corrected: BP Amoco wins Vastar board support for minority buyout

BP Amoco PLC said on Wednesday it has won approval from Houston-based Vastar Resources Inc.'s board of directors to acquire the 18.1% of Vastar it doesn't already own. BP Amoco proposes to buy the 17.7 million shares of Vastar stock for $1.47 billion, or $83/share.

The original version of this story stated that Crazy Horse field could contain as much as 1 million boe of recoverable reserves. This revised version lists the figure correctly as 1 billion boe.


Karen Broyles
OGJ Online

BP Amoco PLC said on Wednesday it has won approval from Houston-based Vastar Resources Inc.'s board of directors to acquire the 18.1% of Vastar it doesn't already own. BP Amoco proposes to buy the 17.7 million shares of Vastar stock for $1.47 billion, or $83 per share.

BP Amoco acquired 81.9% of Vastar's shares through its recently completed acquisition of ARCO. It had offered to acquire the remaining 18.1% holding in Vastar while the ARCO acquisition was pending.

BP Amoco raised its offer from the initial $71/share, made Mar. 16. The new, significantly higher figure resulted from negotiations between BP Amoco and a special committee set up by Vastar.

Closing is contingent on approval by the holders of at least two-thirds of the Vastar shares not held by BP Amoco, at a meeting to be scheduled for this summer.

W. Mark Meyer, an energy analyst with Houston-based boutique investment company Simmons & Co. International, says he and other financial analysts aren't surprised that BP Amoco raised its offer or that BP Amoco would try to bring Vastar completely into its fold. The higher offer is a more fairly priced one, according to Simmons's unofficial evaluations of Vastar, Meyer says.

Vastar's latest deepwater successes, its 15.8% return rate on capital in 1998, and assets in deepwater Gulf of Mexico all make the company an attractive acquisition. It also complements the onshore Midcontinent properties and other assets owned by the former Amoco Corp., which was acquired by British Petroleum PLC in late 1998.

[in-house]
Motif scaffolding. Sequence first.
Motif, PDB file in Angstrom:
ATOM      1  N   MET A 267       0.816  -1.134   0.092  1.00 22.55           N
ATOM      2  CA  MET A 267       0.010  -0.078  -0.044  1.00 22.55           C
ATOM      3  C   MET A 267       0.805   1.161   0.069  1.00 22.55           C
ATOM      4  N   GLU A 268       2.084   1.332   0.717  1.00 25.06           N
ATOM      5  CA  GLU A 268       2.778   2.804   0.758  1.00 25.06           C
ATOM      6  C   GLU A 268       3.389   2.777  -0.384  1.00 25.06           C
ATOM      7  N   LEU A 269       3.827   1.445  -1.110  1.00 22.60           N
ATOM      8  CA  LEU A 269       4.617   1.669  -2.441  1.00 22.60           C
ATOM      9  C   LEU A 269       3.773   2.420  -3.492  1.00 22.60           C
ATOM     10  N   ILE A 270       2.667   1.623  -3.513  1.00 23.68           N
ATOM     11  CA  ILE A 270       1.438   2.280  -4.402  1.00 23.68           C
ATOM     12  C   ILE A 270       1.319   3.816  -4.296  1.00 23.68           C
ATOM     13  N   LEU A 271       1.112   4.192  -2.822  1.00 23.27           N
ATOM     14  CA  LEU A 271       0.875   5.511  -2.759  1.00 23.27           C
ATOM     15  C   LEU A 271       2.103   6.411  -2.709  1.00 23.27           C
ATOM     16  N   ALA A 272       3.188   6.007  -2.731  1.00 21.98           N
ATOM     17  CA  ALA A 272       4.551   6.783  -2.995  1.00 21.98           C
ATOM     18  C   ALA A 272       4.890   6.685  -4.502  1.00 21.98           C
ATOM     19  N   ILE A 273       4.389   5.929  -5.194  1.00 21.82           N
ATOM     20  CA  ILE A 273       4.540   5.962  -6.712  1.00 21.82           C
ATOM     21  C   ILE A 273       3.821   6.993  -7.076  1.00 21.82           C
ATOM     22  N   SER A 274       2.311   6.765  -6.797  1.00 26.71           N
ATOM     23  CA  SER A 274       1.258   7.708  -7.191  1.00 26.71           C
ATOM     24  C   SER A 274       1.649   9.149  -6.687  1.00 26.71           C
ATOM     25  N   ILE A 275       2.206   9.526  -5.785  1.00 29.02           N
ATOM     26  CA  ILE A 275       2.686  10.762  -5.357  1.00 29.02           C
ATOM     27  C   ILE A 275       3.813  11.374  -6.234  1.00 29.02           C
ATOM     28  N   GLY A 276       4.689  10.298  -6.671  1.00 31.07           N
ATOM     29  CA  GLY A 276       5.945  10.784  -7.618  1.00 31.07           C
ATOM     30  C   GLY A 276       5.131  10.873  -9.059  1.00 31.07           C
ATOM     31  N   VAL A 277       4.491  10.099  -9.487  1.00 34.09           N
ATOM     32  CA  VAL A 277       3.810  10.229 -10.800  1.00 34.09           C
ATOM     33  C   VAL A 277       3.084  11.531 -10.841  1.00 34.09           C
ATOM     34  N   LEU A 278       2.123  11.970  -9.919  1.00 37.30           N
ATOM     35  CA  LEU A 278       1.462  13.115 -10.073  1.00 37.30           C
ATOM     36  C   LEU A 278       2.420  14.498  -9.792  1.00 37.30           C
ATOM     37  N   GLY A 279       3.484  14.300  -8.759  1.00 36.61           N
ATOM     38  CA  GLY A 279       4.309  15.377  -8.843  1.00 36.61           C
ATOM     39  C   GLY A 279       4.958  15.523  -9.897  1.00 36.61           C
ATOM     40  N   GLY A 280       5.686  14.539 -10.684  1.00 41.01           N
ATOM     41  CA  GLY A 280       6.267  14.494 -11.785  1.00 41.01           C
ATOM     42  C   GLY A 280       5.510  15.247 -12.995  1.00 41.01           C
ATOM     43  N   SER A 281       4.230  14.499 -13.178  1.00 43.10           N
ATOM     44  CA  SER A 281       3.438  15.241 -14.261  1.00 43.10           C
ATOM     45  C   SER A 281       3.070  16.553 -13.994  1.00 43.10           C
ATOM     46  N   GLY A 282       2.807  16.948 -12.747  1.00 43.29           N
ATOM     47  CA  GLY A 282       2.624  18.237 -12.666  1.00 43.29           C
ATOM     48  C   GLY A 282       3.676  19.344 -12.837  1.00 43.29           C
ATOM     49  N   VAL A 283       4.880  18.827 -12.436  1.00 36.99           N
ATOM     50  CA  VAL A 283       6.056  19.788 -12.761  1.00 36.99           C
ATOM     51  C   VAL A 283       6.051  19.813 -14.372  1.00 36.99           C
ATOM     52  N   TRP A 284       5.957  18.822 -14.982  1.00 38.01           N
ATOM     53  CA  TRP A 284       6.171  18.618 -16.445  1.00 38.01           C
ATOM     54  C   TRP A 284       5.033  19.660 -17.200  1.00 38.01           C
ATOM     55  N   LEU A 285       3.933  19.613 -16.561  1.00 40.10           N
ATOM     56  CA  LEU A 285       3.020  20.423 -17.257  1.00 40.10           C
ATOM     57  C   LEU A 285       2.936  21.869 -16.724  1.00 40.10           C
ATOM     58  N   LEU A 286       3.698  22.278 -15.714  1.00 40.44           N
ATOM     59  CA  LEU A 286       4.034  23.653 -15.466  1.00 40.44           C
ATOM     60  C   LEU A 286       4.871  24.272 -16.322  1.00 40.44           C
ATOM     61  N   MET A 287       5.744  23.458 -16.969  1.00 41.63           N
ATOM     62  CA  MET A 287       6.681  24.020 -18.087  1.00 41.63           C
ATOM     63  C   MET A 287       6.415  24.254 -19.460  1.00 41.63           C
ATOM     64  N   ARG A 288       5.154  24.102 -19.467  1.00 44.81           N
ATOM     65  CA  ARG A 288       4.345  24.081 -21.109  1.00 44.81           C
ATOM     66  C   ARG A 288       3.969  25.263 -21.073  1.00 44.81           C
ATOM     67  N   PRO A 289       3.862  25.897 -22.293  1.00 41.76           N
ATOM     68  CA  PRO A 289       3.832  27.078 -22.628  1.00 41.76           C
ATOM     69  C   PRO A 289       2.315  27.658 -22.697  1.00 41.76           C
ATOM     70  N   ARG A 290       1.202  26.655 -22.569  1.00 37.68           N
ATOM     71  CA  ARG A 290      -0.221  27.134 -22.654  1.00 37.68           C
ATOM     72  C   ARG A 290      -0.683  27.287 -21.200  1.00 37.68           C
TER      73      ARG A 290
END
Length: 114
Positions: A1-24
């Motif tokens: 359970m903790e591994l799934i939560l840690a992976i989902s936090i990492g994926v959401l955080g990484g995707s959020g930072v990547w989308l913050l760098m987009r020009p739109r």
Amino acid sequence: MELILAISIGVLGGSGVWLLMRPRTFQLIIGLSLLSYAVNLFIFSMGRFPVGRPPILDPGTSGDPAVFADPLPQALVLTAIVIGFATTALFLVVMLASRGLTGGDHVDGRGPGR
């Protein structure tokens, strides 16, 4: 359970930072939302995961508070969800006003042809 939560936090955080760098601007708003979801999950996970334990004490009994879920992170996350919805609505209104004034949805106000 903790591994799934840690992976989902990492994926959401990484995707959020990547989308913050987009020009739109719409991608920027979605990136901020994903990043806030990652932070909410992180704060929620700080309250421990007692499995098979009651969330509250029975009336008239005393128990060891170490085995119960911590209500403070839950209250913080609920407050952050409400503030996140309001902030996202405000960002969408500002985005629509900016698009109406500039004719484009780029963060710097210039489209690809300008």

The synergies of BP Amoco's and Vastar's properties, Meyer says, should create a company with a "great cash flow engine," particularly in the deepwater Gulf, where BP Amoco is already a top producer. BP Amoco's cash flow needs are expected to rise as it begins developing capital-intensive properties such as the Crazy Horse prospect in the deepwater Gulf of Mexico. Located in 6,000 ft of water in the Boarshead basin about 125 miles southeast of New Orleans, BP Amoco says Crazy Horse could hold up to 1 billion boe of recoverable reserves.

Adding Vastar's personnel to its employee roster could also give BP Amoco an edge, Meyer says, if those employees can successfully meld with BP Amoco's large corporate structure after working in the entrepreneurial environment of an independent exploration and production company. "They're a good group," Meyer says. "The question is, will they be motivated in the BP organization?"

Vastar was among the few companies who were capable of posting $3/share earnings a couple of months ago, Meyer says. Vastar's recognition that shareholders now gauge a stock's value by its rate of return, rather than by the company's cash flow, and its "sophisticated programs" to ensure a strong rate of return the past several years have helped Vastar's stock to triple in value since its initial public offering (OGJ Online, Apr. 30, 2000).

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